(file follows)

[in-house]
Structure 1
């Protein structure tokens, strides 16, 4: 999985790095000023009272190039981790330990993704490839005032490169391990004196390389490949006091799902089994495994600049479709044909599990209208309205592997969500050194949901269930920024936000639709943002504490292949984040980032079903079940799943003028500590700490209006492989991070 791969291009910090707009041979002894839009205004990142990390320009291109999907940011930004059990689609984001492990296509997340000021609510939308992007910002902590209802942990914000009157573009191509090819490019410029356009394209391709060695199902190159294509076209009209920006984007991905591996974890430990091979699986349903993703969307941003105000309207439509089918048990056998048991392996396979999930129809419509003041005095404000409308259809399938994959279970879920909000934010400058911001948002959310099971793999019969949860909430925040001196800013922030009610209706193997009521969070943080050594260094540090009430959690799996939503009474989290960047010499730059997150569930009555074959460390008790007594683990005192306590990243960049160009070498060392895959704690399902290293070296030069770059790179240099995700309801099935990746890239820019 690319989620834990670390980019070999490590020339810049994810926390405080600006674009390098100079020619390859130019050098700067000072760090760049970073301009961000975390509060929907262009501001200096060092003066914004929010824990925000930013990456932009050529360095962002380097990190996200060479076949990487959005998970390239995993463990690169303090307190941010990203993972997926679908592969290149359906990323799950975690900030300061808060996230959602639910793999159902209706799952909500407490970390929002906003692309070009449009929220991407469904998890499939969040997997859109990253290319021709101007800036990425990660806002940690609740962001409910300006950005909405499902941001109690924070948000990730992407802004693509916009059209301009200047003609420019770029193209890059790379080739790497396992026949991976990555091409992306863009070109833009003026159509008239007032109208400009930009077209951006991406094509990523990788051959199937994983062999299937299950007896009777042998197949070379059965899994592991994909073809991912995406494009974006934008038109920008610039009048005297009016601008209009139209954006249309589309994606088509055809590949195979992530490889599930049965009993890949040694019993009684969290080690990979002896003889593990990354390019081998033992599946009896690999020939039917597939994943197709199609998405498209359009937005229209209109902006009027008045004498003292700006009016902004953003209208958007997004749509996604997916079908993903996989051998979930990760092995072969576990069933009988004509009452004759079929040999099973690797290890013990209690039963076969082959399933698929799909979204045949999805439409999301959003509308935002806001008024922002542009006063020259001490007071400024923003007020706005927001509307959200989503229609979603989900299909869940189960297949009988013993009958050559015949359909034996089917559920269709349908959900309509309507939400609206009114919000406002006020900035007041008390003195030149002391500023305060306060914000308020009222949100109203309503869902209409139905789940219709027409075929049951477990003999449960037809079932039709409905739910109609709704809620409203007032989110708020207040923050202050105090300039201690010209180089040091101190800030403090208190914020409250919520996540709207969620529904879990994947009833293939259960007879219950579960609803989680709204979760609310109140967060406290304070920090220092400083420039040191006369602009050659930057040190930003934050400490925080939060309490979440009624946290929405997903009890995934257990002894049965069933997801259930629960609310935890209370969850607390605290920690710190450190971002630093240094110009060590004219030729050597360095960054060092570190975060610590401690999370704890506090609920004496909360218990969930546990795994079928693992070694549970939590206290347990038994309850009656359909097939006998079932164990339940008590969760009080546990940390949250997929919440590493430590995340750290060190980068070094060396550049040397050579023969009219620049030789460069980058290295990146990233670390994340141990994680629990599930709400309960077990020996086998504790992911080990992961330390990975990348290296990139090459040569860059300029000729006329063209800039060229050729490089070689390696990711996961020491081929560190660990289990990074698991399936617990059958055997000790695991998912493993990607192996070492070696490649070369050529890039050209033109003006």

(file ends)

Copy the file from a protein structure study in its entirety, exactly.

[in-house]
Structure 1
């Protein structure tokens, strides 16, 4: 999985790095000023009272190039981790330990993704490839005032490169391990004196390389490949006091799902089994495994600049479709044909599990209208309205592997969500050194949901269930920024936000639709943002504490292949984040980032079903079940799943003028500590700490209006492989991070 791969291009910090707009041979002894839009205004990142990390320009291109999907940011930004059990689609984001492990296509997340000021609510939308992007910002902590209802942990914000009157573009191509090819490019410029356009394209391709060695199902190159294509076209009209920006984007991905591996974890430990091979699986349903993703969307941003105000309207439509089918048990056998048991392996396979999930129809419509003041005095404000409308259809399938994959279970879920909000934010400058911001948002959310099971793999019969949860909430925040001196800013922030009610209706193997009521969070943080050594260094540090009430959690799996939503009474989290960047010499730059997150569930009555074959460390008790007594683990005192306590990243960049160009070498060392895959704690399902290293070296030069770059790179240099995700309801099935990746890239820019 690319989620834990670390980019070999490590020339810049994810926390405080600006674009390098100079020619390859130019050098700067000072760090760049970073301009961000975390509060929907262009501001200096060092003066914004929010824990925000930013990456932009050529360095962002380097990190996200060479076949990487959005998970390239995993463990690169303090307190941010990203993972997926679908592969290149359906990323799950975690900030300061808060996230959602639910793999159902209706799952909500407490970390929002906003692309070009449009929220991407469904998890499939969040997997859109990253290319021709101007800036990425990660806002940690609740962001409910300006950005909405499902941001109690924070948000990730992407802004693509916009059209301009200047003609420019770029193209890059790379080739790497396992026949991976990555091409992306863009070109833009003026159509008239007032109208400009930009077209951006991406094509990523990788051959199937994983062999299937299950007896009777042998197949070379059965899994592991994909073809991912995406494009974006934008038109920008610039009048005297009016601008209009139209954006249309589309994606088509055809590949195979992530490889599930049965009993890949040694019993009684969290080690990979002896003889593990990354390019081998033992599946009896690999020939039917597939994943197709199609998405498209359009937005229209209109902006009027008045004498003292700006009016902004953003209208958007997004749509996604997916079908993903996989051998979930990760092995072969576990069933009988004509009452004759079929040999099973690797290890013990209690039963076969082959399933698929799909979204045949999805439409999301959003509308935002806001008024922002542009006063020259001490007071400024923003007020706005927001509307959200989503229609979603989900299909869940189960297949009988013993009958050559015949359909034996089917559920269709349908959900309509309507939400609206009114919000406002006020900035007041008390003195030149002391500023305060306060914000308020009222949100109203309503869902209409139905789940219709027409075929049951477990003999449960037809079932039709409905739910109609709704809620409203007032989110708020207040923050202050105090300039201690010209180089040091101190800030403090208190914020409250919520996540709207969620529904879990994947009833293939259960007879219950579960609803989680709204979760609310109140967060406290304070920090220092400083420039040191006369602009050659930057040190930003934050400490925080939060309490979440009624946290929405997903009890995934257990002894049965069933997801259930629960609310935890209370969850607390605290920690710190450190971002630093240094110009060590004219030729050597360095960054060092570190975060610590401690999370704890506090609920004496909360218990969930546990795994079928693992070694549970939590206290347990038994309850009656359909097939006998079932164990339940008590969760009080546990940390949250997929919440590493430590995340750290060190980068070094060396550049040397050579023969009219620049030789460069980058290295990146990233670390994340141990994680629990599930709400309960077990020996086998504790992911080990992961330390990975990348290296990139090459040569860059300029000729006329063209800039060229050729490089070689390696990711996961020491081929560190660990289990990074698991399936617990059958055997000790695991998912493993990607192996070492070696490649070369050529890039050209033109003006």